Supported by: The California Association of Realtors and a coalition of firefighters, seniors, and community leaders, who believe prop 19 closes unfair tax loopholes and supports family homes and seniors.
Opposed by: Those who think the proposition is bad substitute for meaningful property tax reform and believe limiting property tax would decrease revenue to schools and local governments
Prop 20: Tougher on parole criminal sentencing
Prop 20 would increase penalties for crimes including vehicle theft, firearm theft, serial theft, organized retail theft, and unlawful use of a credit card. It would reclassify 17 crimes as violent crimes, including felony domestic violence and child trafficking, making offenders ineligible for early parole. It would also expand what crimes require DNA collection.
Support: Those who believe the proposition addresses flaws in the justice system and recent justice reform legislation
Opposed by: A coalition of justice reform groups including the ACLU of California who are opposed to a tough on crime approach and believe Prop 20 would increase incarceration unnecessarily.
Proposition 21: Expanding local governments’ rent control authority
Prop 21 would allow local governments to apply new stricter rent control measures on buildings that are at least 15 years old, excluding single-family homes, if they decide to do so.
Supported by: A coalition of elected officials and community organizations, including the City of Santa Monica, who believe this proposition will allow cities to strengthen tenant protections
Opposed by: Governor Newsom and a coalition of affordable housing advocates who think rent control isn’t the answer to the housing crisis and believe Prop 21 will hurt landlords and city tax revenues.
Proposition 22: Job classification for the gig economy
Prop 22 would reclassify drivers for Uber, Lyft, Postmates, and other app-based companies as independent contractors, affecting an estimated 300,000 to 400,000 Californians. Prop 22 would entitle drivers to benefits including 120% of local minimum wage, accident insurance, and health care subsidies. It would not give drivers sick leave, unemployment benefits, or workers’ compensation.
Supported by: App-based companies, around 116,000 app-based drivers, and numerous business organizations who believe drivers are independent workers and prefer to choose their work schedule over being a scheduled employee.
Opposed by: Joe Biden, Kamala Harris, Elizabeth Warren and several labor organizations who feel this proposition was written by app-based companies for the economic benefit of app-based companies.
Proposition 23: On-site physicians at dialysis centers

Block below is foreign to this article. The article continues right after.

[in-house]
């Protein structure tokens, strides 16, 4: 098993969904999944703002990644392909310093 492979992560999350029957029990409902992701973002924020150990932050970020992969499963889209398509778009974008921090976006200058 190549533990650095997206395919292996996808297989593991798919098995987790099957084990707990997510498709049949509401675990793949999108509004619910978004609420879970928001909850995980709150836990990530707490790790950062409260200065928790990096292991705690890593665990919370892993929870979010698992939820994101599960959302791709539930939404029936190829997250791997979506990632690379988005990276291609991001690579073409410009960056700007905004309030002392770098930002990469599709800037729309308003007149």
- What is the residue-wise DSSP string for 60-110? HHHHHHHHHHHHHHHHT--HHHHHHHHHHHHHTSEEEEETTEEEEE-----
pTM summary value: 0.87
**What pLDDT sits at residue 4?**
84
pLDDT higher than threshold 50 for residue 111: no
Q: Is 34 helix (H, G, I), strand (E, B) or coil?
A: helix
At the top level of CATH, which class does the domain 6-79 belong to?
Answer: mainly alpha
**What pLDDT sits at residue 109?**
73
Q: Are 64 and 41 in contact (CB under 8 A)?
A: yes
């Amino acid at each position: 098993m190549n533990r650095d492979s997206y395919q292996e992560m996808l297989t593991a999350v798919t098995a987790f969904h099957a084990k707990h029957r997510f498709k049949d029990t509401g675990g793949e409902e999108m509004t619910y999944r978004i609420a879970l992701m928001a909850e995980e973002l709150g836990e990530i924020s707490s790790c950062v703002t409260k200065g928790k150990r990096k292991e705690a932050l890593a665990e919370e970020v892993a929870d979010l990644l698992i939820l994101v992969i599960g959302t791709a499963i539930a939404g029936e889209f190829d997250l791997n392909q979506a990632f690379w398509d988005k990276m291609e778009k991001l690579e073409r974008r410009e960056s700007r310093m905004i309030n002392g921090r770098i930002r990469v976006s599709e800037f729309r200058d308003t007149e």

Prop 23 would require there always be a physician on-site at dialysis clinics, which provide an essential blood filtering treatment for people whose kidneys do not function properly. It also requires infection reporting, equal treatment regardless of insurance, and requires the government approve clinic closures.
Supported by: California Democratic Party, California Labor Federation, and labor union SEIU-UHW West who believe the proposition will improve patient care and access.
Opposed by: Major dialysis corporations DaVita and Fresenius Medical Care who say an onsite physician isn’t necessary and would increase treatment costs.
Proposition 24: New consumer privacy rules
Prop 24 would strengthen consumer privacy by expanding the businesses that are subject to privacy rules, granting consumers new rights to limit sharing their personal information, increasing penalties for companies that break consumer privacy rules, and creating a new consumer protection agency in state government.
Supported by: NAACP of California, Andrew Yang, and Common Sense Media, who believe the additional restrictions will protect consumers.
Opposed by: Santa Monica Democratic Club, ACLU California, and other organizations that believe the additional restrictions are unnecessary and think the new penalties and agency would come at a great cost to businesses and taxpayer dollars.
Proposition 25: Replace cash bail with risk assessment
Prop 25 would end cash bail and replace it with a risk assessment system where a judge decides whether a suspect is safe to be released until trial or should await trial in jail. In 2018, the California legislature passed this proposition as a bill but a PAC worked to push the law to a November ballot initiative.
Supported by: Karen Bass, Ted Lieu, and the California Democratic Party who believe bail discriminates against poor people and minorities and keeps thousands of people in jail unnecessarily.
Opposed by: Those who believe ending cash bail removes the incentive for people to return to court for their trial and may lead to an increase in crime. Other organizations, such as Human Rights Watch and the ACLU, support ending cash bail but believe risk assessment gives too much power to judges who could be racially biased.